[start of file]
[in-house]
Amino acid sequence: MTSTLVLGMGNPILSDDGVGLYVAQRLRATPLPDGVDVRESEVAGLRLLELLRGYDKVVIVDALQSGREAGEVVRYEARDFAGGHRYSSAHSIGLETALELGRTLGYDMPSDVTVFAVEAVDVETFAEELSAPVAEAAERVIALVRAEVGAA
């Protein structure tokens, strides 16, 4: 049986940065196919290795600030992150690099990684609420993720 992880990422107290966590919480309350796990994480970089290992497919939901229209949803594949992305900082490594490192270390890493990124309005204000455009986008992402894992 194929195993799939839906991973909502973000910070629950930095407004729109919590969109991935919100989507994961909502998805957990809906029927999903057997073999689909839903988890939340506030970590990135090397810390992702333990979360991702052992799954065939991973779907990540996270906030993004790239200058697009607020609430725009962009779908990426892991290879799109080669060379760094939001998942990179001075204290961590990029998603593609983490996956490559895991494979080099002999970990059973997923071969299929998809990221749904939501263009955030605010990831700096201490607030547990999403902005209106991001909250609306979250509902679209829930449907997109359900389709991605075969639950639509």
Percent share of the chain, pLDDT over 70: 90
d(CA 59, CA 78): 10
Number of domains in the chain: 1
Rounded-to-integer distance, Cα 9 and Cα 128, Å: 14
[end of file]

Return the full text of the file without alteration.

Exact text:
[in-house]
Amino acid sequence: MTSTLVLGMGNPILSDDGVGLYVAQRLRATPLPDGVDVRESEVAGLRLLELLRGYDKVVIVDALQSGREAGEVVRYEARDFAGGHRYSSAHSIGLETALELGRTLGYDMPSDVTVFAVEAVDVETFAEELSAPVAEAAERVIALVRAEVGAA
């Protein structure tokens, strides 16, 4: 049986940065196919290795600030992150690099990684609420993720 992880990422107290966590919480309350796990994480970089290992497919939901229209949803594949992305900082490594490192270390890493990124309005204000455009986008992402894992 194929195993799939839906991973909502973000910070629950930095407004729109919590969109991935919100989507994961909502998805957990809906029927999903057997073999689909839903988890939340506030970590990135090397810390992702333990979360991702052992799954065939991973779907990540996270906030993004790239200058697009607020609430725009962009779908990426892991290879799109080669060379760094939001998942990179001075204290961590990029998603593609983490996956490559895991494979080099002999970990059973997923071969299929998809990221749904939501263009955030605010990831700096201490607030547990999403902005209106991001909250609306979250509902679209829930449907997109359900389709991605075969639950639509």
Percent share of the chain, pLDDT over 70: 90
d(CA 59, CA 78): 10
Number of domains in the chain: 1
Rounded-to-integer distance, Cα 9 and Cα 128, Å: 14